Setup and configure file shares
Samba allows you, since version 4, to do most share configuration via windows. In particular, the permission management with real Windows ACLs and multiple entries is much easier when done on Windows. The following Howto will give you an overview of how to manage shares.
To use the advanced features of Samba, it has to be compiled with ACL support. Also you need a filesystem that supports the “user” and “system” xattr namespaces. It also needs to have ACL and XATTR support.
You can see Samba4 File System support to complete the requirements.
The following is only required on Domain Member Servers and not on Domain Controllers! Add the following to your [global] section of your smb.conf if you don't did this early:
vfs objects = acl_xattr map acl inherit = Yes store dos attributes = Yes
This options are required on Member Servers, to enable the possibility for real windows ACLs. On Domain Controllers, ACL support is automatically enabled.
To configure share permissions, you need an account with “SeDiskOperatorPrivilege”. To see existing privileges can be reviewed by:
# net rpc rights list accounts -U'YOURDOMAIN\administrator'
In case the 'administrator' account don't have this privilege, you can grant this privilege, e. g. to the “Domain Admin” group, run the following command on your server:
# net rpc rights grant 'YOURDOMAIN\Domain Admins' SeDiskOperatorPrivilege -U'YOURDOMAIN\administrator'
# mkdir -p /srv/samba/Demo/
[Demo] path = /srv/samba/Demo/ read only = no
# smbcontrol all reload-config
First you need to have access to your domain user administrator (or your currently domain user) in file system:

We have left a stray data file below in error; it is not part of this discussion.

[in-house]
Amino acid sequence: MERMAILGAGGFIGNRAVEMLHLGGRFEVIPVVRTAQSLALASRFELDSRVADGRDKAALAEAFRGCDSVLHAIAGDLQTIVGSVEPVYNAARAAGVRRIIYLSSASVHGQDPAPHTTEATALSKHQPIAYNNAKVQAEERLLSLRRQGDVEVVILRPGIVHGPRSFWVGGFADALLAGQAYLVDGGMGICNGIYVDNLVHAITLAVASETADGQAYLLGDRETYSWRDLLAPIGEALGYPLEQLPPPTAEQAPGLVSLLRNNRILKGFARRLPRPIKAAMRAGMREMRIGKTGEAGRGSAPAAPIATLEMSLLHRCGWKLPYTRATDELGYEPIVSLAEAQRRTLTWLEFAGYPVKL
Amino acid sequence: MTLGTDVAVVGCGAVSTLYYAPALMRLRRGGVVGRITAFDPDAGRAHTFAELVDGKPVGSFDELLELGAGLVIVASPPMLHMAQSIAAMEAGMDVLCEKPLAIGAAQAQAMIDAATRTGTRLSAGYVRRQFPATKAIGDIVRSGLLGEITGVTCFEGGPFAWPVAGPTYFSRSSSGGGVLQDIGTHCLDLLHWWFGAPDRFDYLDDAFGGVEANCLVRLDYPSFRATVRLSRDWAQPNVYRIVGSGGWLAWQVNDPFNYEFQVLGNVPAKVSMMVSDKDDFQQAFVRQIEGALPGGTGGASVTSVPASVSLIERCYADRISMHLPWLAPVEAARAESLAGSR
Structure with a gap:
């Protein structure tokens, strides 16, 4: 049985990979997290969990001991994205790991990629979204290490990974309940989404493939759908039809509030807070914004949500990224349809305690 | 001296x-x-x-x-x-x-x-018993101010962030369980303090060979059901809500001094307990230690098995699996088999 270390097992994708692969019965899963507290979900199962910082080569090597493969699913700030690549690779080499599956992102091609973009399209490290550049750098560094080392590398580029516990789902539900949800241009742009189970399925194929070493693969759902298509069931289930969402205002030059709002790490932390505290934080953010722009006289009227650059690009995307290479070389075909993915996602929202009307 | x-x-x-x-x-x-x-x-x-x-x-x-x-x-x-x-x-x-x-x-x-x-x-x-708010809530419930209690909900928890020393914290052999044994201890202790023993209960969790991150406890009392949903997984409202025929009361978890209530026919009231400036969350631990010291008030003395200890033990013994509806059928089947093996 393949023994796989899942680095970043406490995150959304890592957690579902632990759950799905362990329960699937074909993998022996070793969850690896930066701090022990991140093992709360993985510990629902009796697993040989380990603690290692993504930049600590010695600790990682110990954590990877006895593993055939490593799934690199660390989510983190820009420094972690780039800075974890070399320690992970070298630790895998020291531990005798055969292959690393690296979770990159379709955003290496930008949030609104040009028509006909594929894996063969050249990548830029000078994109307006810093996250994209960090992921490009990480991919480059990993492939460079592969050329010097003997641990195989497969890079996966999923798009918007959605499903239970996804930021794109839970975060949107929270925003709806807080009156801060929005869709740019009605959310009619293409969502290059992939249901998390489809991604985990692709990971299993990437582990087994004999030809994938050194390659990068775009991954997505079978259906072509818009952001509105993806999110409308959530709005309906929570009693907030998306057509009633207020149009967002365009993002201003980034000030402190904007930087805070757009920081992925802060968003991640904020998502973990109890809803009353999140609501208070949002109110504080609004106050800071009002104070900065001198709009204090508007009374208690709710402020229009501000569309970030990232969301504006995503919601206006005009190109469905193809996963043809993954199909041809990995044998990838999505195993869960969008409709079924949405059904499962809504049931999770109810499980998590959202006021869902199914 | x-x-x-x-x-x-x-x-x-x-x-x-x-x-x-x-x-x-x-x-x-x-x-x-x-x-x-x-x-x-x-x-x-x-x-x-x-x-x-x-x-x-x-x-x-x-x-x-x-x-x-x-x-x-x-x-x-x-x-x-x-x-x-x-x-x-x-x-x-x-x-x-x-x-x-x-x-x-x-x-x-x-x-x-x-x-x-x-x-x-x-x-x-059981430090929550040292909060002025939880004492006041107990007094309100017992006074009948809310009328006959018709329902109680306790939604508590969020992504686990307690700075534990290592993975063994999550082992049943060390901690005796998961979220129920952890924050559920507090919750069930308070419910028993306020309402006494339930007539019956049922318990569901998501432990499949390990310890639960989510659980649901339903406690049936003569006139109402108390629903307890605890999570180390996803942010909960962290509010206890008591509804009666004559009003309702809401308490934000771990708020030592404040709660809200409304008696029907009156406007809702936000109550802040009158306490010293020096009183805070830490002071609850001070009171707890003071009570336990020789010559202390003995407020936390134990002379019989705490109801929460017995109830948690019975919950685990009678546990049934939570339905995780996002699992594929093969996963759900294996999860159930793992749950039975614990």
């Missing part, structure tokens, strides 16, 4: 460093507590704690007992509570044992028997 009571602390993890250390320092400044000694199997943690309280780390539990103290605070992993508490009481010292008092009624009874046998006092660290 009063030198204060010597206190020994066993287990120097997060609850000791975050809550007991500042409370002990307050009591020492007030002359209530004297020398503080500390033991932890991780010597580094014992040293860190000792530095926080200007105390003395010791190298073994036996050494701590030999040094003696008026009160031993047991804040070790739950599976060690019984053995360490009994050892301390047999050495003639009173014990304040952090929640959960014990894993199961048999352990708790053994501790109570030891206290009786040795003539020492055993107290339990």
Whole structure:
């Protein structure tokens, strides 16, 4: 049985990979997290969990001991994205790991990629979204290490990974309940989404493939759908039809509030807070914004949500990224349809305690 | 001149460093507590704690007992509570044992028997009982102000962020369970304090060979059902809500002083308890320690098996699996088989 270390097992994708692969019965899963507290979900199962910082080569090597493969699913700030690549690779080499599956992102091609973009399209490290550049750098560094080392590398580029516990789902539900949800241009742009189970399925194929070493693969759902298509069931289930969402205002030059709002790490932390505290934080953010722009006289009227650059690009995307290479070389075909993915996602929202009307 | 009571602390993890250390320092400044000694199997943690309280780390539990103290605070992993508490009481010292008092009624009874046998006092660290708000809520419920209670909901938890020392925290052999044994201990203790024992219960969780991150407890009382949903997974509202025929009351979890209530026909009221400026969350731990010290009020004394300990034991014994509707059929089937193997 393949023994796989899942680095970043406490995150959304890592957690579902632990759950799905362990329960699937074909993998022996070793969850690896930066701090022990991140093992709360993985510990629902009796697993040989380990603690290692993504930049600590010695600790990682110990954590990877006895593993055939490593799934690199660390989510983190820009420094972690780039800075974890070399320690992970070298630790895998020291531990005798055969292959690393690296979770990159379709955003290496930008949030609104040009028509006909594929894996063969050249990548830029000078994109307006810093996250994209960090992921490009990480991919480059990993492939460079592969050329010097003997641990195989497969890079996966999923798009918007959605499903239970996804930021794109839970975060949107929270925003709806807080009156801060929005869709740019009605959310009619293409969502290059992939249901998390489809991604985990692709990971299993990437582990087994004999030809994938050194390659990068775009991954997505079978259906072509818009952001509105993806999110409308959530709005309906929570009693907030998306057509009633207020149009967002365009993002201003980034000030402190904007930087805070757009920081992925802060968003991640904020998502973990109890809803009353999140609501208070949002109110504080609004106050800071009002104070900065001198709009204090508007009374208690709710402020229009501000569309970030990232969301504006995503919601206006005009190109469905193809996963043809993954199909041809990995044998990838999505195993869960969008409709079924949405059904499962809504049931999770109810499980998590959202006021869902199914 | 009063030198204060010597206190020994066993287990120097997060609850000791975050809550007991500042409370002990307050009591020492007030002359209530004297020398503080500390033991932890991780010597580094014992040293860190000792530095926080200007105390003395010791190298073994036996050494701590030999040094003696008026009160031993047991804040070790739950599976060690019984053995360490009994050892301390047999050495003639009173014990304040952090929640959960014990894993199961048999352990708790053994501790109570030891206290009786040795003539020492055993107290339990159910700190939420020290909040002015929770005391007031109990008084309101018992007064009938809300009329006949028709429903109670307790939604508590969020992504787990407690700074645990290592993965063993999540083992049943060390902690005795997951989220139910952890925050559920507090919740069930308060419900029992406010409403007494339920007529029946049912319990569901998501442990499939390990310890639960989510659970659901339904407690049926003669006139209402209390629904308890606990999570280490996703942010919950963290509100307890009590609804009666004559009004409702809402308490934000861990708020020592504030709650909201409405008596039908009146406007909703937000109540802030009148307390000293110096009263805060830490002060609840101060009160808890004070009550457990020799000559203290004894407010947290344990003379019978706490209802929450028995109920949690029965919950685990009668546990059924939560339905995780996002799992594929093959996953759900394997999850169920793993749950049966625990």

chown -R administrator:'domain users' /srv/samba/Demo
To see extended ACLs:
# cd /srv && getfacl samba/Demo # file: samba/Demo/ # owner: cbustillo # group: domain\040users user::rwx group::r-x other::r-x
To set extended ACLs for others users:
# setfacl -R -m default:other::r-x ServicePacks/
To remove all extended ACLs:
# setfacl -b /srv/samba/Demo # setfacl -b /srv/samba/Demo/*
More info about extended ACLs in:
# man setfacl # man getfacl
In certain situations, share configuration parameters which were commonly used with NT-style domains such as “force group” or “force user” may lead to “Access Denied” errors when trying to set permissions on a new share, or other complications, such as losing the ability to even see the Security tab. You may find even after correcting the issues that the problems may persist even after removing and re-adding the share properly. In such cases, it may be helpful to manually wipe out all ACLs on the share and recursively re-grant full control to the Domain Admins group with the setfacl command as follows (may need to run as root):
# setfacl -b /path/to/share # setfacl -b /path/to/share/* # setfacl -R -m default:group:domain\ admins:rwx /path/to/share